And I also wonder, given the financial crisis here at home and the great needs of impoverished nations around the world, couldn’t you think of a better use of $3 billion than giving it to a wealthy country like Israel that is abusing the human rights of Palestinians on a daily basis?
Benjamin drew a round of applause — Shapiro declined to respond directly to her challenge.
As Shapiro noted, the concept of Israel’s QME has been in use for decades, but it was only when the Bush administration let Israel draft American law, that QME turned into a license to use force with impunity.
In January 2008, William Wunderle, a U.S. Army lieutenant colonel, and Andre Briere, a U.S. Air Force lieutenant colonel, wrote in a paper for The Washington Institute for Near East Policy:
The US commitment to maintain Israel’s qualitative military edge (QME) is a long-standing tradition that every president since Lyndon Johnson has maintained and reiterated. The basic principle behind this commitment is simple: Israel is a bastion of liberal representative government in the Middle East, and, as such, its continued survival is a vital national interest of the United States. To ensure this longtime ally’s continued existence in a sea of nations that reflexively call for its destruction, Israel must be able to defend itself militarily and deter potential aggression. In this effort, Israel will always be militarily outnumbered with regard to the artillery, tanks, and combat aircraft that can be deployed by a coalition of Arab states. Israel’s continued survival can be ensured only if it is able to maintain qualitative military superiority, relying on superior weaponry, tactics, training, leadership, and other factors of military effectiveness to deter or defeat its numerically superior adversaries in the Middle East.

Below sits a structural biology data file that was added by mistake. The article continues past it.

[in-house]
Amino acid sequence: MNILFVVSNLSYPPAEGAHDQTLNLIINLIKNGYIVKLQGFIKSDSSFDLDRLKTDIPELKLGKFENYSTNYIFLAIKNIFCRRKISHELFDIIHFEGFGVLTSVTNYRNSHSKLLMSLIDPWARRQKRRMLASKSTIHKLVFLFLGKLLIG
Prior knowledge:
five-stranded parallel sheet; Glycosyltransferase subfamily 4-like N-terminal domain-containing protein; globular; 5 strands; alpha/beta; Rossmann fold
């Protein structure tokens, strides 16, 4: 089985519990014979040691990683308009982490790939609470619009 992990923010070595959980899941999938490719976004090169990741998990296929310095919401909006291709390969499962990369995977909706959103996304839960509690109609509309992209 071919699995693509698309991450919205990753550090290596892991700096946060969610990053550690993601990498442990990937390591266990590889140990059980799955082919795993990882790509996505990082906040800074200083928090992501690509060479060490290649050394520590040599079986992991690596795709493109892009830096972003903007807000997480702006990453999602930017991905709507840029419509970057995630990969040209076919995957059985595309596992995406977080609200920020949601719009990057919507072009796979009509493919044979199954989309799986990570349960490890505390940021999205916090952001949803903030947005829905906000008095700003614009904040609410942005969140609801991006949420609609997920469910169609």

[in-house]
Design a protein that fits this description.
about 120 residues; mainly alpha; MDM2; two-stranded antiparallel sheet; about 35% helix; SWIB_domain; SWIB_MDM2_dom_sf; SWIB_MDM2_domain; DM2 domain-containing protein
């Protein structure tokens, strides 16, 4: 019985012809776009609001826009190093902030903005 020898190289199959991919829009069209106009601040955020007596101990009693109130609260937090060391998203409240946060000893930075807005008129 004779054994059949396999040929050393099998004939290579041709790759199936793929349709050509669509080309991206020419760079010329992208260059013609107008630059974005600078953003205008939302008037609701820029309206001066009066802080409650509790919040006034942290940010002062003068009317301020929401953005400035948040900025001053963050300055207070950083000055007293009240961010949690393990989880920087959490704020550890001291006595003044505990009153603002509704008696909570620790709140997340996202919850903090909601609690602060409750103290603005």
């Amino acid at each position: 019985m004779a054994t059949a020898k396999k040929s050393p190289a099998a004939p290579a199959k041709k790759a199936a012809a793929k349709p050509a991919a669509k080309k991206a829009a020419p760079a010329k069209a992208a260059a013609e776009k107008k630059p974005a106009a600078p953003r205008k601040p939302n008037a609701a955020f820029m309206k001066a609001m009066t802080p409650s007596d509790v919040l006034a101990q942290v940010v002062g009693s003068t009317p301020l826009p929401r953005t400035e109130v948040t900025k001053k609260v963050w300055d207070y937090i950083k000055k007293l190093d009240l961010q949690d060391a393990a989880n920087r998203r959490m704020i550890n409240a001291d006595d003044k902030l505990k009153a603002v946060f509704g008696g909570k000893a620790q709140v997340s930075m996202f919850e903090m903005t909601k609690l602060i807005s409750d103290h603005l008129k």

In other words, the US policy advocated that Israel should be able to counter a quantitative disadvantage with a qualitative advantage. It said nothing about supporting Israel’s use of that advantage at minimal cost. The expression after all was qualitative military edge — not supremacy.
These analysts noted however that:
Israel defines QME as “the ability to sustain credible military advantage that provides deterrence and, if need be, the ability to rapidly achieve superiority on the battlefield against any foreseeable combination of forces with minimal damage and casualties.”
The Israeli phrasing went straight into US law which says that Israel must maintain the ability to use military force “while sustaining minimal damages and casualties.”
Let’s put that in context. The law was signed just two years after Israel had visibly lost its qualitative military edge in Lebanon in 2006 when it faced Hezbollah, and less than three months before it used the assault on Gaza to once again demonstrate its ability to wreak massive destruction while sustaining minimal damages and casualties.
The war on Gaza, which President-elect Obama watched in silence, showed not merely the brutality that Israel is willing to use under America’s political protection, but the extent to which Israel’s military agenda is empowered through its ability to control the United States Government.
The war on Gaza was QME in action.